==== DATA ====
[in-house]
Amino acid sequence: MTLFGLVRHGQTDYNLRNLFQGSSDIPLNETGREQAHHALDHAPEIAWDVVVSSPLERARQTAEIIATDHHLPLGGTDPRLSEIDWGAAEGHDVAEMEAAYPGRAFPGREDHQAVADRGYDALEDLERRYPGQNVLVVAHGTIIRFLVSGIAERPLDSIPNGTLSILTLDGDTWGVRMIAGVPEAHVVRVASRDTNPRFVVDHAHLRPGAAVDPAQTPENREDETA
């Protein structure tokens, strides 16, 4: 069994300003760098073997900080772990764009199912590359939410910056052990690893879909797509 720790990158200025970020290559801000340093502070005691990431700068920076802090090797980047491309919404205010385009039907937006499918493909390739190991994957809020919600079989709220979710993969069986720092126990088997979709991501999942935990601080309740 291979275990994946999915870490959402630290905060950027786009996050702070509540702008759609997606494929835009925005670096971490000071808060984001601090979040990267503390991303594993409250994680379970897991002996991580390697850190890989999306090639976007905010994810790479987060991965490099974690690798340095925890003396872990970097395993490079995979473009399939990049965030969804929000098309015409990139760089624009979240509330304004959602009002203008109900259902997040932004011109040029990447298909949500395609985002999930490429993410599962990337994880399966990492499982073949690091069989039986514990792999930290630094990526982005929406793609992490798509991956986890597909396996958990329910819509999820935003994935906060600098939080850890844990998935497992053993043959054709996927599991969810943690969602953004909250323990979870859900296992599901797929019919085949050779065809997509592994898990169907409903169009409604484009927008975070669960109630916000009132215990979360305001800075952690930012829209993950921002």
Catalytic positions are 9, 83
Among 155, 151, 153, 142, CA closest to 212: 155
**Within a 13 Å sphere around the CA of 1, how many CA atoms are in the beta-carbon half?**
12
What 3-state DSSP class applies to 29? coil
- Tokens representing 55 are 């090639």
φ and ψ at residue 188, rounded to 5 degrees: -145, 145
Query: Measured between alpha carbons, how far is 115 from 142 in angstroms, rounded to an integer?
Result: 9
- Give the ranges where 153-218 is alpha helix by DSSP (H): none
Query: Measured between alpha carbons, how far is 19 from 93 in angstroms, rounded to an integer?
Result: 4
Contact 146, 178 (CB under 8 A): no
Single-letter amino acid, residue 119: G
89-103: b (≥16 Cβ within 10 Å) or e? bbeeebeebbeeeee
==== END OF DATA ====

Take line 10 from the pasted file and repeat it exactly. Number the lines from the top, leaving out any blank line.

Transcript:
φ and ψ at residue 188, rounded to 5 degrees: -145, 145